Four Years of Bedlamide: by Max Malady

Four Years of Bedlamide:

My Divorce From A Schizophrenic
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In this debut novel, Harry Taylor recounts his mistaken marriage to a schizophrenic, detailing her “Voice” and mercenary, mentally unstable family.

Harry, who was in between college and law school in 1969, met younger Terri through a cousin and married her in his middle age. She admitted to having mental issues, but Harry was assured by her doctor that these were controlled by medication; thus, as expressed in the novel’s first chapter heading, “The Prognosis Is Good.” Harry soon found out this was a misdiagnosis, since Terri became hostile about having sex, intensely concerned about his money, and, worst of all, obsessive in her desire to kill her parents, particularly her mother, from whom she likely inherited her mental illness. Harry began to realize that Terri was in full sway to what she described as her “Voice.” His first-person account provides a picture of what these racing thoughts were like and how he initially wanted to help Terri but soon felt helpless and then resolved upon divorce. He ended up battling Terri’s parents in court proceedings since they had welcomed him taking over Terri’s medical costs and pushed for a big settlement. He finally extricated himself but is now lonely and shell-shocked by the experience. Terri and her family met even more tragic ends. Author Malady seems very likely to be a pseudonym for someone who has confronted similar circumstances. Regardless, the author captures the horror and pain of such a predicament. The “Voice” chapters are particularly striking, engendering surprising sympathy for the troublesome Terri. The narrative is undercut a bit by its rambling style, which has some digressive and seemingly nonchronological sequences, as well as its dwelling on money grievances; both issues dilute the work’s larger, more important discussion about handling mental illness. Still, this account offers plenty of fascinating documentarylike moments, not least of which is the author’s intriguing assertion that “the source of religious inspiration might be mental illness.”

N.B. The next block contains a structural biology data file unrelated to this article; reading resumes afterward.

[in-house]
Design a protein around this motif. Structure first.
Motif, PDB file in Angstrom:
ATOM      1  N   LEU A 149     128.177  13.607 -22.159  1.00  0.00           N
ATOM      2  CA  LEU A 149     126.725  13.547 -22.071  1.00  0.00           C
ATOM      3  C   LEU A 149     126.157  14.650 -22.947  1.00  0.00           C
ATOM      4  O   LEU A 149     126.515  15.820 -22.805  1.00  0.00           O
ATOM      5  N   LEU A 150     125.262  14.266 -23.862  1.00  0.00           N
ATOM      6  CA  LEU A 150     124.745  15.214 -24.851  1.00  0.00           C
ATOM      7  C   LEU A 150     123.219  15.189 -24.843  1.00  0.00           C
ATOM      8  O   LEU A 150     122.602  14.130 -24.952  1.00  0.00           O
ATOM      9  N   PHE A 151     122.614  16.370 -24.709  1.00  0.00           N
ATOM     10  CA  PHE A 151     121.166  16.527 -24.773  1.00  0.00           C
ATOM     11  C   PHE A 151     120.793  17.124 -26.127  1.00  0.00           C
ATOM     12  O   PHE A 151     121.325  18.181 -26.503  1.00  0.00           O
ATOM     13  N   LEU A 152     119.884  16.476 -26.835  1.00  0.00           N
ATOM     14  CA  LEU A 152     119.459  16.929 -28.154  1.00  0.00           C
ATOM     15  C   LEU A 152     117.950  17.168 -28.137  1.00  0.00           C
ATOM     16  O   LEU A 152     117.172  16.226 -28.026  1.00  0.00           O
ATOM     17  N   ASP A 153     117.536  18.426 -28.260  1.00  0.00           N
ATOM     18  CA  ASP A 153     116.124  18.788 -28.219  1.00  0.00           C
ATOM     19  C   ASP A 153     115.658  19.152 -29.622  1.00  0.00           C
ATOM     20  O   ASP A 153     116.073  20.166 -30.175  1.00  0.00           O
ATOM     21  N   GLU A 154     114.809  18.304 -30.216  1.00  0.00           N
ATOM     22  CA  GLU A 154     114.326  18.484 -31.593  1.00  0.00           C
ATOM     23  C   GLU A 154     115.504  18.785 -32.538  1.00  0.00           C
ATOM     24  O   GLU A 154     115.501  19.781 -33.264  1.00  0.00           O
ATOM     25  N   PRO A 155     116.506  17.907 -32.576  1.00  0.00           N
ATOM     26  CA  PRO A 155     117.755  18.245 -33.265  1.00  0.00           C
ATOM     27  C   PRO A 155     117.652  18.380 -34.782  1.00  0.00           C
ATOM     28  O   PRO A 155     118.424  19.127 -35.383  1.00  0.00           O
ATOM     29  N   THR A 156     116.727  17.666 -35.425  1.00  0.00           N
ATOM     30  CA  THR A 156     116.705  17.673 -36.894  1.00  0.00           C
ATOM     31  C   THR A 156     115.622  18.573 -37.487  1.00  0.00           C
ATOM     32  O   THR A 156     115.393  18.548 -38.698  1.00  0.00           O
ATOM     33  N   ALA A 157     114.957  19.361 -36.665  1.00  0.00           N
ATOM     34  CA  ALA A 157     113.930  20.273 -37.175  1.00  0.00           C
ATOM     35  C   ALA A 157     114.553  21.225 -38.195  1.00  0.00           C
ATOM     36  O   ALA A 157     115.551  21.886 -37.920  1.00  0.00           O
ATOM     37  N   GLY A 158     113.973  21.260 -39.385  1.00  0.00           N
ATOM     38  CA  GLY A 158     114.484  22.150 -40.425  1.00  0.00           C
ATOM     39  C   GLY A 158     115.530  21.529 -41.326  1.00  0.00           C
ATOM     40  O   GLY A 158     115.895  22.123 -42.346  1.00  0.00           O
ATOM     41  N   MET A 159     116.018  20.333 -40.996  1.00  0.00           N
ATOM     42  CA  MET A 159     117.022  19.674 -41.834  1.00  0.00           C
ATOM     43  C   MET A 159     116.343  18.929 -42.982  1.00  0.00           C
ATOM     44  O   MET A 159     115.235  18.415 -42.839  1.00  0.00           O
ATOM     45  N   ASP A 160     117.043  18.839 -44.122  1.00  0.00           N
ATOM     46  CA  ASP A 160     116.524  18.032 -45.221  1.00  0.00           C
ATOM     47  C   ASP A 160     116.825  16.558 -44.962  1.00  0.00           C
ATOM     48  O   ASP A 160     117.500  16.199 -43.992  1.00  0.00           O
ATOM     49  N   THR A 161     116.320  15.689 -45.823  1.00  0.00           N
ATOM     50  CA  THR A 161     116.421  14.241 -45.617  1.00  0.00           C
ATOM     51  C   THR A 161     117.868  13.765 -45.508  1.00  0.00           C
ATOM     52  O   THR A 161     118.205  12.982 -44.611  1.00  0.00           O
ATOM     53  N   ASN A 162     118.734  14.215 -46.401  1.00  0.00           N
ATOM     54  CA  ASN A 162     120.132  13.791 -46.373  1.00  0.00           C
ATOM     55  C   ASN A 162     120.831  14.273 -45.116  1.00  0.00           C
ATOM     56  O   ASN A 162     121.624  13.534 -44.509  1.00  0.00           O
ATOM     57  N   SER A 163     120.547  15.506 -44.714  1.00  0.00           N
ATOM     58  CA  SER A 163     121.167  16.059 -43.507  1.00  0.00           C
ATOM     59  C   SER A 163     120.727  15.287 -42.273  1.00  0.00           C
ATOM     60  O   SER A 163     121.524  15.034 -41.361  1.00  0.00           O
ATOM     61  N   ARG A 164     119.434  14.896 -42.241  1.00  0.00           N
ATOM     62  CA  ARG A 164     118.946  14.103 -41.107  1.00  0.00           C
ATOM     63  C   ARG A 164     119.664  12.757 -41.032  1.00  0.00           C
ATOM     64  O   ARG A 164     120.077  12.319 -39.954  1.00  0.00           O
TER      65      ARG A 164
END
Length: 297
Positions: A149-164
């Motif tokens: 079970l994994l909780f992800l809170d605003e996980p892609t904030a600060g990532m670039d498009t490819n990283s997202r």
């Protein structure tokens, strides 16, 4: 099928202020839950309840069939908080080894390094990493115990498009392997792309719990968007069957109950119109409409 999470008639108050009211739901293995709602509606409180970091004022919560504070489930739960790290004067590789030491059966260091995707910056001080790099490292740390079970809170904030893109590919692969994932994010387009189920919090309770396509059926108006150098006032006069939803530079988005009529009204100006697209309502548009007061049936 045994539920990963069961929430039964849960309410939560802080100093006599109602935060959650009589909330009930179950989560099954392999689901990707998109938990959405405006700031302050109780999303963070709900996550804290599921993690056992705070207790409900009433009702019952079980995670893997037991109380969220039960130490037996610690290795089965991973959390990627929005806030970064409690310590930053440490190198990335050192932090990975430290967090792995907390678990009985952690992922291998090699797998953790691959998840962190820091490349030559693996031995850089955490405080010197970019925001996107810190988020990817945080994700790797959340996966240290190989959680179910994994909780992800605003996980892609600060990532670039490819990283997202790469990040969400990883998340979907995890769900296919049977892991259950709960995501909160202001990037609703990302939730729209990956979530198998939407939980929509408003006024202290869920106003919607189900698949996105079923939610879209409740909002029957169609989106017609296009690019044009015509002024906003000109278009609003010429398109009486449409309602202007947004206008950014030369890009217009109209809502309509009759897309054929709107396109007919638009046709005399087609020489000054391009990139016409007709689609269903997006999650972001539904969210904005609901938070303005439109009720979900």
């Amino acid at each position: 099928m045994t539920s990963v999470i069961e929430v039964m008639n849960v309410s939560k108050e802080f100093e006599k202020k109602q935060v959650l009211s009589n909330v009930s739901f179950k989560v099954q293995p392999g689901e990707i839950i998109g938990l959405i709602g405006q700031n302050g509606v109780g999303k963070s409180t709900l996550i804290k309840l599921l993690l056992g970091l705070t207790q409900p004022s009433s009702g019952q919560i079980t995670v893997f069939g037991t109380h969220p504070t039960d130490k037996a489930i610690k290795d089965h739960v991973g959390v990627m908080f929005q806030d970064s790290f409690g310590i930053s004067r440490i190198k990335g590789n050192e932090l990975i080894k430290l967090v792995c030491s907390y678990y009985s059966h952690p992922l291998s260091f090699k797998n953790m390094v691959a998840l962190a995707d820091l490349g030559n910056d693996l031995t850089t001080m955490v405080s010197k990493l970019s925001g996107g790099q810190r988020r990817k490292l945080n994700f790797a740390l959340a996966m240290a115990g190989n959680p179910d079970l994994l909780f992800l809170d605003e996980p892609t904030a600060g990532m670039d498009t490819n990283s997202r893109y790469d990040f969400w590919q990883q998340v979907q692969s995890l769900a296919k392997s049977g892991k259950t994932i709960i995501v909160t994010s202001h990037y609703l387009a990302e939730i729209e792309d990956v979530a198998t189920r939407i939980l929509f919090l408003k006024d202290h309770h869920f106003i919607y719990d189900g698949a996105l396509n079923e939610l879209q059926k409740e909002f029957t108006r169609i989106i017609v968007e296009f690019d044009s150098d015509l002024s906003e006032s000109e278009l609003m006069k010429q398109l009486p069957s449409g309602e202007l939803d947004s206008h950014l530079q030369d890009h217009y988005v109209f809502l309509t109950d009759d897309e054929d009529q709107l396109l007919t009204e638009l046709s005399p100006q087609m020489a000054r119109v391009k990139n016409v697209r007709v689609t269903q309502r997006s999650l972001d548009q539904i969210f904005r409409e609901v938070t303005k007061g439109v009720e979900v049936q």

Raw yet gripping exploration of mental illness.

Pub Date: March 25th, 2015
ISBN: 978-1507650523
Page count: 110pp
Publisher: CreateSpace
Program: Kirkus Indie
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